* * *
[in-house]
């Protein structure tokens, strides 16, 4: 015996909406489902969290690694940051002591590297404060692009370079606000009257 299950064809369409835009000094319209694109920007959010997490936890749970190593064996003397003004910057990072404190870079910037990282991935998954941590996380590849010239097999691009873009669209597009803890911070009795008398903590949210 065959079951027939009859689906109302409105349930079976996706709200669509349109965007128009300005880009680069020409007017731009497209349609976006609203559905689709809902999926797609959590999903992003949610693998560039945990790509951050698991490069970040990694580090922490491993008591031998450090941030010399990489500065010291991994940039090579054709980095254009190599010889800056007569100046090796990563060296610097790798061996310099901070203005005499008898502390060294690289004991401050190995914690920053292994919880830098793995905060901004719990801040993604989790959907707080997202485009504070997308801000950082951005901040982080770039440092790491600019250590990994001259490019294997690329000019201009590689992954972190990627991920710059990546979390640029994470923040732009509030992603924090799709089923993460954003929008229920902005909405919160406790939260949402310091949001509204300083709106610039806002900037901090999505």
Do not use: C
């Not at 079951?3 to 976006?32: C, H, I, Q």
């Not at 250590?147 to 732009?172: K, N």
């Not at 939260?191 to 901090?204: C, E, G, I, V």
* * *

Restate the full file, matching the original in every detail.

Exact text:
[in-house]
């Protein structure tokens, strides 16, 4: 015996909406489902969290690694940051002591590297404060692009370079606000009257 299950064809369409835009000094319209694109920007959010997490936890749970190593064996003397003004910057990072404190870079910037990282991935998954941590996380590849010239097999691009873009669209597009803890911070009795008398903590949210 065959079951027939009859689906109302409105349930079976996706709200669509349109965007128009300005880009680069020409007017731009497209349609976006609203559905689709809902999926797609959590999903992003949610693998560039945990790509951050698991490069970040990694580090922490491993008591031998450090941030010399990489500065010291991994940039090579054709980095254009190599010889800056007569100046090796990563060296610097790798061996310099901070203005005499008898502390060294690289004991401050190995914690920053292994919880830098793995905060901004719990801040993604989790959907707080997202485009504070997308801000950082951005901040982080770039440092790491600019250590990994001259490019294997690329000019201009590689992954972190990627991920710059990546979390640029994470923040732009509030992603924090799709089923993460954003929008229920902005909405919160406790939260949402310091949001509204300083709106610039806002900037901090999505």
Do not use: C
């Not at 079951?3 to 976006?32: C, H, I, Q």
């Not at 250590?147 to 732009?172: K, N």
């Not at 939260?191 to 901090?204: C, E, G, I, V």